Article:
Tailgating? I Don’t Think So

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Photo/Maya Cienfuegos

As tailgating shuts down for fall 2020, lots where vehicles used to park for tailgating become empty, and signs are posted around town warning of the consequences of tailgating.

Maya Cienfuegos, Staff Writer

Tailgating: the activity that dominates the State College Community during the Penn State football season. Every Saturday of the fall semester, students, parents, teachers, and many others gather around the stadium hours before kickoff to cheer on the Penn State Nittany Lions as they prepare for the game. But because of COVID-19, this year’s football season is nothing like what State College is used to.   

On Saturday, Oct. 24, the Penn State Nittany Lions played and lost against Indiana. Although every safety protocol was enforced and followed inside the Indiana stadium, members of the State College community are left to worry about their own safety as Penn State Football brings its first home game to State College on the night of Halloween. 

Suzy Scherf, Associate Professor of Psychology at Penn State, is used to the excitement of the Saturday mornings and afternoons as tailgating begins. 

“I always enjoy seeing my friends,” Scherf said, “particularly the ones who come in from out of town for the football games. We always have a great big feast so it’s sad to not be able to share the time together and to share the food. I miss that a lot.” 

While Scherf misses the tailgating traditions, she has some of her own worries for the next couple of months. 

“I am very concerned about what will happen in State College when there is a home game. I’m very concerned that there will be lots of people coming to town,” Scherf said. Although the Penn State game was played in Indiana, many people, mostly students, organized house parties around campus to watch the game, leading  Scherf to worry about what is to come this next Saturday.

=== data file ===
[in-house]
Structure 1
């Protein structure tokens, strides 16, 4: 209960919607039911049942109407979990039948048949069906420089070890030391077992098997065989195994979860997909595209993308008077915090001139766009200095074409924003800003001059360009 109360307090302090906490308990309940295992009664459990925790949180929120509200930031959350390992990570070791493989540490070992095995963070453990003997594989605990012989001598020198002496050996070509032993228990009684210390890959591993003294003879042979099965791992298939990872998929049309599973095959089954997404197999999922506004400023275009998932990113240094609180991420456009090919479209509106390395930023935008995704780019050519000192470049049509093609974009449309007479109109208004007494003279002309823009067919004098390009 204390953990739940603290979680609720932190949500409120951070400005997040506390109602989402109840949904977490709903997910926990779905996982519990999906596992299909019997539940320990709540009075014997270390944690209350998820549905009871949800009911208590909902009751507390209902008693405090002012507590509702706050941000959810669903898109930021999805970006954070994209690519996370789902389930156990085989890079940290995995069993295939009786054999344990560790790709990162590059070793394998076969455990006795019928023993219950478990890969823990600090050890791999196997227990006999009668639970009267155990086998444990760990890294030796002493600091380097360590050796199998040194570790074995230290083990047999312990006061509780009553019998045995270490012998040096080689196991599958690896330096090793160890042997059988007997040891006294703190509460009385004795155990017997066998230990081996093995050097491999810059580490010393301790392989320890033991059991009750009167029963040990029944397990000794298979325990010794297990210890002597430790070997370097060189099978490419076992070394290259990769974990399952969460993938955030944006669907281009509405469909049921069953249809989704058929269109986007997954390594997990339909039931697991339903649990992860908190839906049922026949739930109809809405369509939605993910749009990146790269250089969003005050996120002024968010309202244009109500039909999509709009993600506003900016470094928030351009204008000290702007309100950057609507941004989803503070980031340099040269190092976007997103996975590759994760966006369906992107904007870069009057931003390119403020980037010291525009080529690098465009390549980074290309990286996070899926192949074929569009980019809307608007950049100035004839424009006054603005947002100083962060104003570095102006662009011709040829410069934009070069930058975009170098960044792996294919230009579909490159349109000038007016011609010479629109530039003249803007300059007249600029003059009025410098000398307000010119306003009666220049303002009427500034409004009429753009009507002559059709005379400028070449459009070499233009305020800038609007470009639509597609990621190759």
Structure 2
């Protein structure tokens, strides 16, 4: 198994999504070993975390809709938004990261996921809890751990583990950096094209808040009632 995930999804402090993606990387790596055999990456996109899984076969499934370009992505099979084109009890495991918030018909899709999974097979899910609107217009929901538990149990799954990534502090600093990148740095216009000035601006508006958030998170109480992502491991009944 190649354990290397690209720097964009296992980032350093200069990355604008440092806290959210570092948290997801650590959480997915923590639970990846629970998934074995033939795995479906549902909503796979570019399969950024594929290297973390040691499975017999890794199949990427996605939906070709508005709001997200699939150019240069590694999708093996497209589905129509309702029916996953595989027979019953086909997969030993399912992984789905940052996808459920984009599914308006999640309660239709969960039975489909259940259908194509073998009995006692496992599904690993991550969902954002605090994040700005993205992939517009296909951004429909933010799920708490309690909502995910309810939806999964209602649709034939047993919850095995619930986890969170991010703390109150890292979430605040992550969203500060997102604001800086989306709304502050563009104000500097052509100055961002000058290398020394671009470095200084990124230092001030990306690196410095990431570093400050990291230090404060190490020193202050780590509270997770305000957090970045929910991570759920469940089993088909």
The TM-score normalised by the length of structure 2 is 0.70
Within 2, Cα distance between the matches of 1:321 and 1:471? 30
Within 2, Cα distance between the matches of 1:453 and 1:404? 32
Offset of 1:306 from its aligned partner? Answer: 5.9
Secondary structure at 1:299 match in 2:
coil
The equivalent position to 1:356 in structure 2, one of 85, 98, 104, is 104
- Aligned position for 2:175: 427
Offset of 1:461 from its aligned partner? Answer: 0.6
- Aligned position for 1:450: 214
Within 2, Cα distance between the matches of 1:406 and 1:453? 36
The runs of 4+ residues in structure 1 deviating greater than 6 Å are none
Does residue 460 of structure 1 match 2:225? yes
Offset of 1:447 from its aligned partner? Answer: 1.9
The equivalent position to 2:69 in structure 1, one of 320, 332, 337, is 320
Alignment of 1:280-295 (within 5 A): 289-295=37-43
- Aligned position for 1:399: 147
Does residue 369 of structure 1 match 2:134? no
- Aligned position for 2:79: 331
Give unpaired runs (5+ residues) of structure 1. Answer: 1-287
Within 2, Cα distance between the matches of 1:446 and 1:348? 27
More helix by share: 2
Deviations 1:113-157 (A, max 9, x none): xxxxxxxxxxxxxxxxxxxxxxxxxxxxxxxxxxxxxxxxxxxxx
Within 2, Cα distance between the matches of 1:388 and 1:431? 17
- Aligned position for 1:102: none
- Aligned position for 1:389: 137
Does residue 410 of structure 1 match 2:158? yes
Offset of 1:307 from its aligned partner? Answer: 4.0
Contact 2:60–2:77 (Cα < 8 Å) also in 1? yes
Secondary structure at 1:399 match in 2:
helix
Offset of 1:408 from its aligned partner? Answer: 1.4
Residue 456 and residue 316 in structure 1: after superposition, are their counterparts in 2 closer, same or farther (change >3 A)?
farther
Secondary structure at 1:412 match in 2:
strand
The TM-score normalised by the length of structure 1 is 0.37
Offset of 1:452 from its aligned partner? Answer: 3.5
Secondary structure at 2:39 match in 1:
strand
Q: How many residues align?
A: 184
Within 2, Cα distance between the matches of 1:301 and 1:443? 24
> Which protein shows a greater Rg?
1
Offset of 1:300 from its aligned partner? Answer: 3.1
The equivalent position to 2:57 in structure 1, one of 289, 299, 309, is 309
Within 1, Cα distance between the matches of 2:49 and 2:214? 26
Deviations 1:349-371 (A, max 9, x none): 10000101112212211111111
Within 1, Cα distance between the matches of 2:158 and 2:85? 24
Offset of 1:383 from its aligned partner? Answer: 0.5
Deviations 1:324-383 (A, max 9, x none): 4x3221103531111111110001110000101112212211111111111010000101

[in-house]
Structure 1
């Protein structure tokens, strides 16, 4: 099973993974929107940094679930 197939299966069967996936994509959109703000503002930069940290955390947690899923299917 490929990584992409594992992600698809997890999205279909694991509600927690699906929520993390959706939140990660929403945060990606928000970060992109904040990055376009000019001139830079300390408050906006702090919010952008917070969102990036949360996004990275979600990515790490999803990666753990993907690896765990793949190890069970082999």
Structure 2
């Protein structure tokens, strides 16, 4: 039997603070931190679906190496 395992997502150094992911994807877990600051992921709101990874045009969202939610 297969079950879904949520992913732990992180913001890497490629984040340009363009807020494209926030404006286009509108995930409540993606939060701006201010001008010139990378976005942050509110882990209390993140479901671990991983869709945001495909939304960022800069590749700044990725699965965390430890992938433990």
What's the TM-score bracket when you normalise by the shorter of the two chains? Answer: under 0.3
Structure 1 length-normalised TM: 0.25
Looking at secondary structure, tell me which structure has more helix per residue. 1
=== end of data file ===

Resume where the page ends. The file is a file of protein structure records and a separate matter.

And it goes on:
“I teach seniors in a small seminar, there are only 25 students in my class, and five of them have already contracted COVID,” Scherf said. “They have talked about working so hard to be good in the way they are masking, social distancing, and following the rules on campus. They have expressed to me their concerns about what will happen when we have a home game.” 

With the anticipation surrounding October 31, students at State High are beginning to think about the safety of State College. Freshman Ian Marshall is used to tailgating on a regular basis. 

“I think the safety protocols were pretty well followed in the stadium because they only let 1000 people per team in, but here in State College it was trash,” Marshall said. “There were a bunch of kids partying.” 

Marshall, similar to Scherf, misses the regular act of tailgating every Saturday, 

“I miss getting to hang out with friends and play football. Now I just sit at home and watch football with my family,” Marshall said. 

As the very first home game for Penn State football is played for this season, there are many things to take into consideration while planning to watch the game. Consider the possibility of staying home and watching the game on T.V. Although tailgating is a well-loved tradition among all of the State College community, skipping this tradition will be one of the best things to stay safe from COVID. 

 

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